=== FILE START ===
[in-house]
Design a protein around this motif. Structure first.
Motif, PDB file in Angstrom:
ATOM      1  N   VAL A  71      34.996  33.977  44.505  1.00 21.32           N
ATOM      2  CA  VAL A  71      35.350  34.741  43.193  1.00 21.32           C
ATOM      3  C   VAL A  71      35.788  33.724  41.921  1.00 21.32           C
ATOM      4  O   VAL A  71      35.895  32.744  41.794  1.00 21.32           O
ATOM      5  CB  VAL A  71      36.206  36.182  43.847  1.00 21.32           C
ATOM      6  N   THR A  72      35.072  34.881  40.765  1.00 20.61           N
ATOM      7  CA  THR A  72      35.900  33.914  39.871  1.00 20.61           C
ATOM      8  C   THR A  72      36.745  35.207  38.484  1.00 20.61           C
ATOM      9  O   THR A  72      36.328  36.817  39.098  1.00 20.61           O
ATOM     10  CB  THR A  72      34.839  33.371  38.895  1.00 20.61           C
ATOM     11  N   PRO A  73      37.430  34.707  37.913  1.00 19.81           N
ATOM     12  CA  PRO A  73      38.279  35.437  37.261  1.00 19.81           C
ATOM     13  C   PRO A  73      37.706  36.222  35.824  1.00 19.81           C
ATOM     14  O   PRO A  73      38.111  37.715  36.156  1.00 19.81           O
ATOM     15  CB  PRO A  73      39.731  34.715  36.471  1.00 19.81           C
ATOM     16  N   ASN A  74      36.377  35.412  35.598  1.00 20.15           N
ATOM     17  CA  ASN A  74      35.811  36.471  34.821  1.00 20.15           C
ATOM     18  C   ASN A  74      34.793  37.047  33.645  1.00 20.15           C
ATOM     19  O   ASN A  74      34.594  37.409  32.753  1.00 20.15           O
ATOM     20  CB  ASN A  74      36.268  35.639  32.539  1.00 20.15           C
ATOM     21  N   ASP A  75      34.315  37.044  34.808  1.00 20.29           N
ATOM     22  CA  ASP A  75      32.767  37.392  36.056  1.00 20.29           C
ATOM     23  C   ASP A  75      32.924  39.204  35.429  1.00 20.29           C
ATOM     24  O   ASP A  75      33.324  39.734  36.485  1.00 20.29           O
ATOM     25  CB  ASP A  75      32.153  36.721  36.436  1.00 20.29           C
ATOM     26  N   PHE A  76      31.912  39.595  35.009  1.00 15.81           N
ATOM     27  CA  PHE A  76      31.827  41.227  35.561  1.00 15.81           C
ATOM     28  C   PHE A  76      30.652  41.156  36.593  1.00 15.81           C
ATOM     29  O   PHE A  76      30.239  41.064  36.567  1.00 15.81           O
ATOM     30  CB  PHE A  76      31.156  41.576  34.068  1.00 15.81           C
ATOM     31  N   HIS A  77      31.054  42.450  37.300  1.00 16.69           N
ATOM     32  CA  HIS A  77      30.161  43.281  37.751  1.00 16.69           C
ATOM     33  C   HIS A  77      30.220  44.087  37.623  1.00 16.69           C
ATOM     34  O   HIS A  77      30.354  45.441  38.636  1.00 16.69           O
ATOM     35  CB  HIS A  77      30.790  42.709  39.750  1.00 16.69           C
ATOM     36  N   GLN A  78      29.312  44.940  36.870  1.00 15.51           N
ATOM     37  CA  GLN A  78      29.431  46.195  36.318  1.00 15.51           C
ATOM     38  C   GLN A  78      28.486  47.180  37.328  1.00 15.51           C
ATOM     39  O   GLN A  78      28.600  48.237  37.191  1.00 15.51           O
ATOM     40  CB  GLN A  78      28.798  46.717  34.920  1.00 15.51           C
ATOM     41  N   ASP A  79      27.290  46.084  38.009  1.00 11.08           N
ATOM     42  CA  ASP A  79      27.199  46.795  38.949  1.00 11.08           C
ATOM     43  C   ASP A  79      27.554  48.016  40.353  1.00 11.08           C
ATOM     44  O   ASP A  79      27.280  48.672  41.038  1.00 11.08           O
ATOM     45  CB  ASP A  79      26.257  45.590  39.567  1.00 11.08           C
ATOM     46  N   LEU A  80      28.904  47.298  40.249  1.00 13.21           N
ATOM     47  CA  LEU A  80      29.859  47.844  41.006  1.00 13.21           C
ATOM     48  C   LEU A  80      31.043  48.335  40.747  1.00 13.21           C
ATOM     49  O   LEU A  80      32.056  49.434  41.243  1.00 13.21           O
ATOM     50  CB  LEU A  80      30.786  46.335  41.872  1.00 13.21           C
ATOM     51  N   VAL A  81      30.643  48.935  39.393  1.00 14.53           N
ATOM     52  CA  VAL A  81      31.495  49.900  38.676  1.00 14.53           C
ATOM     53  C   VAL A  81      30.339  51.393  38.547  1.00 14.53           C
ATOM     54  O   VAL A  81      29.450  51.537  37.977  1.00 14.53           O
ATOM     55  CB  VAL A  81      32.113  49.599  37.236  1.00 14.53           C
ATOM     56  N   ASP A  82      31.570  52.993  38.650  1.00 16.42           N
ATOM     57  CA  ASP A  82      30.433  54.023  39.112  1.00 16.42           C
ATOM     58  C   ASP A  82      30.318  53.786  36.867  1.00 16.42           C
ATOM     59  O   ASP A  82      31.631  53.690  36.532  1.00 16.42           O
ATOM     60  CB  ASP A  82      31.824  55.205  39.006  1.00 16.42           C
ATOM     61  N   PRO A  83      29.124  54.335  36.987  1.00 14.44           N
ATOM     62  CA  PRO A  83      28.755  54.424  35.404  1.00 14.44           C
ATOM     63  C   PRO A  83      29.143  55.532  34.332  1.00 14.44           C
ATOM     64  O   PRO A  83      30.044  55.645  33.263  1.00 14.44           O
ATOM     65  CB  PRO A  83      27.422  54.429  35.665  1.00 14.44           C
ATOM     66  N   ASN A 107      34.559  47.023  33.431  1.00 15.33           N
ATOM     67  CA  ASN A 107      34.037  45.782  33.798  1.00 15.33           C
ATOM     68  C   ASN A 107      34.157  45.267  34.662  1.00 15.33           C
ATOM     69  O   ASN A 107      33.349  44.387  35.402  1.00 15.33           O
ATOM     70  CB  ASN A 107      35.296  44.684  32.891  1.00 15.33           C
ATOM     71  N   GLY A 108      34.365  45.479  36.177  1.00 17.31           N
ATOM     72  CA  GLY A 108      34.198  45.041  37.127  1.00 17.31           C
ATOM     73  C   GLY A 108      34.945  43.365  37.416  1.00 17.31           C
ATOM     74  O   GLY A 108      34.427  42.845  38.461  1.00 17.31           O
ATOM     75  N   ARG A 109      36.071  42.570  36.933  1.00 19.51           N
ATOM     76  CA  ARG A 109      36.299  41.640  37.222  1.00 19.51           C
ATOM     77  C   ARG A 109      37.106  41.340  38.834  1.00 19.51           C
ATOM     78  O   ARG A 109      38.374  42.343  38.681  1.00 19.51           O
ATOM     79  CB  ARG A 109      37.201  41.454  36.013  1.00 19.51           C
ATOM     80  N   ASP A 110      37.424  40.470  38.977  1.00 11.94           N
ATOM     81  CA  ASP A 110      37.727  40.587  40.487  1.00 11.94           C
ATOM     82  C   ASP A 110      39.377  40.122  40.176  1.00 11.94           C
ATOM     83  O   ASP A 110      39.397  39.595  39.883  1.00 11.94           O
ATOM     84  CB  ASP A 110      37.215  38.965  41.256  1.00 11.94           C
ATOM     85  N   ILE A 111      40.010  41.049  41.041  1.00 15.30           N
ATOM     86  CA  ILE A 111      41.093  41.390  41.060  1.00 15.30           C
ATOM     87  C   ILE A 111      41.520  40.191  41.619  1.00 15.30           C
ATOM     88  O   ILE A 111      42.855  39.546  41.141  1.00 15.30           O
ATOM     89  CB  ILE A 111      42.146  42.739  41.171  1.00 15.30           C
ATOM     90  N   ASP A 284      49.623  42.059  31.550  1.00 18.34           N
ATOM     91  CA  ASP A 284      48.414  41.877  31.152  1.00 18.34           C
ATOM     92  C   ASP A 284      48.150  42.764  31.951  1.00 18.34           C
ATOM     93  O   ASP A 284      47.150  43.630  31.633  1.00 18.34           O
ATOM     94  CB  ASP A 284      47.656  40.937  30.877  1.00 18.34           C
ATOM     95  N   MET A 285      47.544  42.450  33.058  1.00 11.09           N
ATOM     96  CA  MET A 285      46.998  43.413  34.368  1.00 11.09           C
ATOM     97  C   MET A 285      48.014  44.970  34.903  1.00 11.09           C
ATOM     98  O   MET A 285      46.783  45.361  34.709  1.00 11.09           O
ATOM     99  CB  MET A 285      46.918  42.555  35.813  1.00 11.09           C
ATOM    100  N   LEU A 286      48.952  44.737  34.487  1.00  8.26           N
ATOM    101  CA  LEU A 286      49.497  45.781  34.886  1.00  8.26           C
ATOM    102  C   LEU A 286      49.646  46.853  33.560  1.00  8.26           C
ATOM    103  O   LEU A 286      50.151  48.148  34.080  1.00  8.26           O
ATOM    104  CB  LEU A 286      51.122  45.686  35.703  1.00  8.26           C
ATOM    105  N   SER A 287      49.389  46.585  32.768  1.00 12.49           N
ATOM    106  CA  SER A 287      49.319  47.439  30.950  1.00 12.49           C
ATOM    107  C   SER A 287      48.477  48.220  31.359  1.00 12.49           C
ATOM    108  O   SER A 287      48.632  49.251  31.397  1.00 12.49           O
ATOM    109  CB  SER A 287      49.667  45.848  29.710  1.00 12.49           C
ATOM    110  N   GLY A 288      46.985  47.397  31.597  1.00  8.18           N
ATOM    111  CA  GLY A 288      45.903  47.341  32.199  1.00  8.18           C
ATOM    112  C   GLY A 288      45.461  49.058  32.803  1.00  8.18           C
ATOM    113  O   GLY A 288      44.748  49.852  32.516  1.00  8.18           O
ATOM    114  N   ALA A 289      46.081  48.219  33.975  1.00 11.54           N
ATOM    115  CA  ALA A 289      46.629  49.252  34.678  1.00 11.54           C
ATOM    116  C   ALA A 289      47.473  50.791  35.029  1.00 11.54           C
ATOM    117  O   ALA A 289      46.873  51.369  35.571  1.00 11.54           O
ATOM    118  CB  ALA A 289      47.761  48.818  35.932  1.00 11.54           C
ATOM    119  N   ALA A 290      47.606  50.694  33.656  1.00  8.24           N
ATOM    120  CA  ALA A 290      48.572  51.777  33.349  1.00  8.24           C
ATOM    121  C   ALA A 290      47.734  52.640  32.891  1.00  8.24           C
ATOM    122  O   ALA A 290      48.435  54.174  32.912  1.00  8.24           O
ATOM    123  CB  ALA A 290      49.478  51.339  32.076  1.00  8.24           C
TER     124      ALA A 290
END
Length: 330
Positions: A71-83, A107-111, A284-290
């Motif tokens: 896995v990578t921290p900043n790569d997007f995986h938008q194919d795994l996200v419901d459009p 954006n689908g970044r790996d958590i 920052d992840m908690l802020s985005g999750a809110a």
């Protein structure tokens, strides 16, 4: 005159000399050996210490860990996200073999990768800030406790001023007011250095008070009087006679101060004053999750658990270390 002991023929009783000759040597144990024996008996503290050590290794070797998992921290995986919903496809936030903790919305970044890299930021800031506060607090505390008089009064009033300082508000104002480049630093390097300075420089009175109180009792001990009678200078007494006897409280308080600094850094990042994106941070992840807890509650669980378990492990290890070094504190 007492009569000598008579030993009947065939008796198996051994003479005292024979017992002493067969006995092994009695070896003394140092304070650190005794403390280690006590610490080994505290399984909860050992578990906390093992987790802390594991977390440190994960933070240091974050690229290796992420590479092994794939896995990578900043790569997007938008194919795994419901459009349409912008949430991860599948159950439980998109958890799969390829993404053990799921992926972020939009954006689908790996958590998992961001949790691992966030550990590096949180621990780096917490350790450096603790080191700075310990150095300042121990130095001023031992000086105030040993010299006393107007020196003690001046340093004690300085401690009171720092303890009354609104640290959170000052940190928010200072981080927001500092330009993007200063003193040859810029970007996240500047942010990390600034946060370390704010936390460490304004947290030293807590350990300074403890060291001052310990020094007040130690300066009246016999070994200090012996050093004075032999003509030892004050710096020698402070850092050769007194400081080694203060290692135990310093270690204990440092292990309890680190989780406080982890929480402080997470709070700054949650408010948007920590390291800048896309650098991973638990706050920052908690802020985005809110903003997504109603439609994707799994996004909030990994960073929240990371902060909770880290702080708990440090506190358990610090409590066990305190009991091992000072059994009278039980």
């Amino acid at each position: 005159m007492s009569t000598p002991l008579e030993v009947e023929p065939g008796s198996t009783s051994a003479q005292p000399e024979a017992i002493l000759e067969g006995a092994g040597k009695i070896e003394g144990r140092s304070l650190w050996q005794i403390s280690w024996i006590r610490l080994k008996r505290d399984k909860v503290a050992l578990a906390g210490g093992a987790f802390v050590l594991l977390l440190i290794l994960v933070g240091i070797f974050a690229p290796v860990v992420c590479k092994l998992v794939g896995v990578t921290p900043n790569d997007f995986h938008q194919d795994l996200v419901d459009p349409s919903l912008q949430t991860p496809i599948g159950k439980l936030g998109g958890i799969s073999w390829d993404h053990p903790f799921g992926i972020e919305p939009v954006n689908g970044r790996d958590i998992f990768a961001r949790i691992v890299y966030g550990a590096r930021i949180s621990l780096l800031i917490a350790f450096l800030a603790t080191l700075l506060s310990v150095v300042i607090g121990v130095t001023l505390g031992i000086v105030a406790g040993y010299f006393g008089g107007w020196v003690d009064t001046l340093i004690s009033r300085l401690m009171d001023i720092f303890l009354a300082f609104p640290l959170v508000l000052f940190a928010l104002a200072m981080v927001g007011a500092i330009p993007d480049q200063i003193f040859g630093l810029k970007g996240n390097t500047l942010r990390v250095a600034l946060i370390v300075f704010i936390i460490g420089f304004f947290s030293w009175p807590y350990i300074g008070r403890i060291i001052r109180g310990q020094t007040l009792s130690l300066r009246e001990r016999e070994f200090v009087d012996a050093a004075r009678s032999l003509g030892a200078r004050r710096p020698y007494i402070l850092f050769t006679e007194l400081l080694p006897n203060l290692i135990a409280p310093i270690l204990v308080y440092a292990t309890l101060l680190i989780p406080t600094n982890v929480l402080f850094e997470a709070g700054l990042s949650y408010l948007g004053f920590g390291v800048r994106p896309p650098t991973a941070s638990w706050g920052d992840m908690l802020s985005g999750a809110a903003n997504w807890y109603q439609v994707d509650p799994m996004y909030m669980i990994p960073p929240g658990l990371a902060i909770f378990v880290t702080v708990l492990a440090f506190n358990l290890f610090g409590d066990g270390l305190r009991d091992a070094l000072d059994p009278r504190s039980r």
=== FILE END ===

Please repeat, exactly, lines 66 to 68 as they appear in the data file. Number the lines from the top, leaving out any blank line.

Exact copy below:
ATOM     63  C   PRO A  83      29.143  55.532  34.332  1.00 14.44           C
ATOM     64  O   PRO A  83      30.044  55.645  33.263  1.00 14.44           O
ATOM     65  CB  PRO A  83      27.422  54.429  35.665  1.00 14.44           C